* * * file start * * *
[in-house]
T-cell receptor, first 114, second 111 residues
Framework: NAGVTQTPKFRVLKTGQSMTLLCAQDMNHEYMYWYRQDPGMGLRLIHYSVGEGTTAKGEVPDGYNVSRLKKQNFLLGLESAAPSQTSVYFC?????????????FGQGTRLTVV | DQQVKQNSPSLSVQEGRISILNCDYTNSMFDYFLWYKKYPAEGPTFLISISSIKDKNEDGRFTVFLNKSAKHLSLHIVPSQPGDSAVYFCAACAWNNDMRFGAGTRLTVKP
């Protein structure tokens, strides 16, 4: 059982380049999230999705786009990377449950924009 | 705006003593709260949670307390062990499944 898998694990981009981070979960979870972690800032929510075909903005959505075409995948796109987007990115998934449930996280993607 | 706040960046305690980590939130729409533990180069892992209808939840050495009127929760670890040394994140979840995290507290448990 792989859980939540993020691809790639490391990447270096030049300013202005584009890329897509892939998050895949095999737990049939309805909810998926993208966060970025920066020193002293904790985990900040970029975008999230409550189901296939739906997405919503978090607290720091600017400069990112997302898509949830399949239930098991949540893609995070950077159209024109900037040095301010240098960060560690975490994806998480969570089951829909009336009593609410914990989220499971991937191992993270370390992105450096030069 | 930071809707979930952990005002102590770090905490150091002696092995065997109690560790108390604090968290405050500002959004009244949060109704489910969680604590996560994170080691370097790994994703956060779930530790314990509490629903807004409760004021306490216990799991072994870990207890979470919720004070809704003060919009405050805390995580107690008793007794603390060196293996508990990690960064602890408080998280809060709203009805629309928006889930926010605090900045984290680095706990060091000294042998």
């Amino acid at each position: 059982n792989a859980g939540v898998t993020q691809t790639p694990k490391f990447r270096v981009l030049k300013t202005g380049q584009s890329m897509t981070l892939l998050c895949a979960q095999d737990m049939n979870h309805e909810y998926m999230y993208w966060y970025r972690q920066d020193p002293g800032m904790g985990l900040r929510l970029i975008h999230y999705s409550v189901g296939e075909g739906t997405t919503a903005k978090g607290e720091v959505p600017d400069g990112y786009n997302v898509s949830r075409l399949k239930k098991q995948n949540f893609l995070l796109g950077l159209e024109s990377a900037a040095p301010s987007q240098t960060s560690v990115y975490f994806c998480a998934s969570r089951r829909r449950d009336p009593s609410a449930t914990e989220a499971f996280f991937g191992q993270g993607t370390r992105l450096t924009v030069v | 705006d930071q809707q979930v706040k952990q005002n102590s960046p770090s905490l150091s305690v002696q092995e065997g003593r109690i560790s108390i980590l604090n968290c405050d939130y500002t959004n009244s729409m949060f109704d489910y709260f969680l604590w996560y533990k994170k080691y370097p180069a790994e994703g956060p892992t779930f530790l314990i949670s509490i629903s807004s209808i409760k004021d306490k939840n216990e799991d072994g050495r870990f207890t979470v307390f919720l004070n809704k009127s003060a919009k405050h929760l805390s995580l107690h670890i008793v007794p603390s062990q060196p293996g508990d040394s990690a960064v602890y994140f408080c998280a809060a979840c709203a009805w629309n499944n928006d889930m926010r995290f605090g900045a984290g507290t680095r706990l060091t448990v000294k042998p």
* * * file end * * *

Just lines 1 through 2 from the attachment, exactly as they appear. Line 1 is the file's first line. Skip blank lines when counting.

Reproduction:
[in-house]
T-cell receptor, first 114, second 111 residues